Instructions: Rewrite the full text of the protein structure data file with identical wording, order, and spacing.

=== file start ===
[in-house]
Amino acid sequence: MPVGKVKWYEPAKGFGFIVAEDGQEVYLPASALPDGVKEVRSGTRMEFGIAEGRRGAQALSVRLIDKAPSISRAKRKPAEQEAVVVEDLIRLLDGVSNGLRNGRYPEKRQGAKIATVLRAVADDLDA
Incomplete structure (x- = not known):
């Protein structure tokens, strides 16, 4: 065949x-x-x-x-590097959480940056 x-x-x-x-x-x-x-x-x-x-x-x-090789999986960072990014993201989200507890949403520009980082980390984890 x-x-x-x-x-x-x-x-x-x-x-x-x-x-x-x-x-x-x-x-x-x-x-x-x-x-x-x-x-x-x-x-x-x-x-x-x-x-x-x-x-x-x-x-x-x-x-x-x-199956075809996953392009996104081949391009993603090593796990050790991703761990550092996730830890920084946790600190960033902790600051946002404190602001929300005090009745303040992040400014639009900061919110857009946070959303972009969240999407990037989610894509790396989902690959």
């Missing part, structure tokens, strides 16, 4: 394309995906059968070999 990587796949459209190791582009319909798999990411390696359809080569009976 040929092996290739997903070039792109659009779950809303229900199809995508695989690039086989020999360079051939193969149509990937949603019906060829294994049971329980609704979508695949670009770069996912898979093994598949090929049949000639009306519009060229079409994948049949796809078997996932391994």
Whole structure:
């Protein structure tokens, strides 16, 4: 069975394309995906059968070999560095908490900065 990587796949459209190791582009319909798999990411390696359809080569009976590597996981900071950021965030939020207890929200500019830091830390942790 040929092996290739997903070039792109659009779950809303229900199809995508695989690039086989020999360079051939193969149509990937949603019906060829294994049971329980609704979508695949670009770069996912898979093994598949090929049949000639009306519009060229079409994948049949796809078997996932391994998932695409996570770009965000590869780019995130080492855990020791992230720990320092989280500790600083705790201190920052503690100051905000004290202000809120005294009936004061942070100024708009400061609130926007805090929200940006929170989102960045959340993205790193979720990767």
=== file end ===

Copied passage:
[in-house]
Amino acid sequence: MPVGKVKWYEPAKGFGFIVAEDGQEVYLPASALPDGVKEVRSGTRMEFGIAEGRRGAQALSVRLIDKAPSISRAKRKPAEQEAVVVEDLIRLLDGVSNGLRNGRYPEKRQGAKIATVLRAVADDLDA
Incomplete structure (x- = not known):
């Protein structure tokens, strides 16, 4: 065949x-x-x-x-590097959480940056 x-x-x-x-x-x-x-x-x-x-x-x-090789999986960072990014993201989200507890949403520009980082980390984890 x-x-x-x-x-x-x-x-x-x-x-x-x-x-x-x-x-x-x-x-x-x-x-x-x-x-x-x-x-x-x-x-x-x-x-x-x-x-x-x-x-x-x-x-x-x-x-x-x-199956075809996953392009996104081949391009993603090593796990050790991703761990550092996730830890920084946790600190960033902790600051946002404190602001929300005090009745303040992040400014639009900061919110857009946070959303972009969240999407990037989610894509790396989902690959």
């Missing part, structure tokens, strides 16, 4: 394309995906059968070999 990587796949459209190791582009319909798999990411390696359809080569009976 040929092996290739997903070039792109659009779950809303229900199809995508695989690039086989020999360079051939193969149509990937949603019906060829294994049971329980609704979508695949670009770069996912898979093994598949090929049949000639009306519009060229079409994948049949796809078997996932391994």
Whole structure:
């Protein structure tokens, strides 16, 4: 069975394309995906059968070999560095908490900065 990587796949459209190791582009319909798999990411390696359809080569009976590597996981900071950021965030939020207890929200500019830091830390942790 040929092996290739997903070039792109659009779950809303229900199809995508695989690039086989020999360079051939193969149509990937949603019906060829294994049971329980609704979508695949670009770069996912898979093994598949090929049949000639009306519009060229079409994948049949796809078997996932391994998932695409996570770009965000590869780019995130080492855990020791992230720990320092989280500790600083705790201190920052503690100051905000004290202000809120005294009936004061942070100024708009400061609130926007805090929200940006929170989102960045959340993205790193979720990767």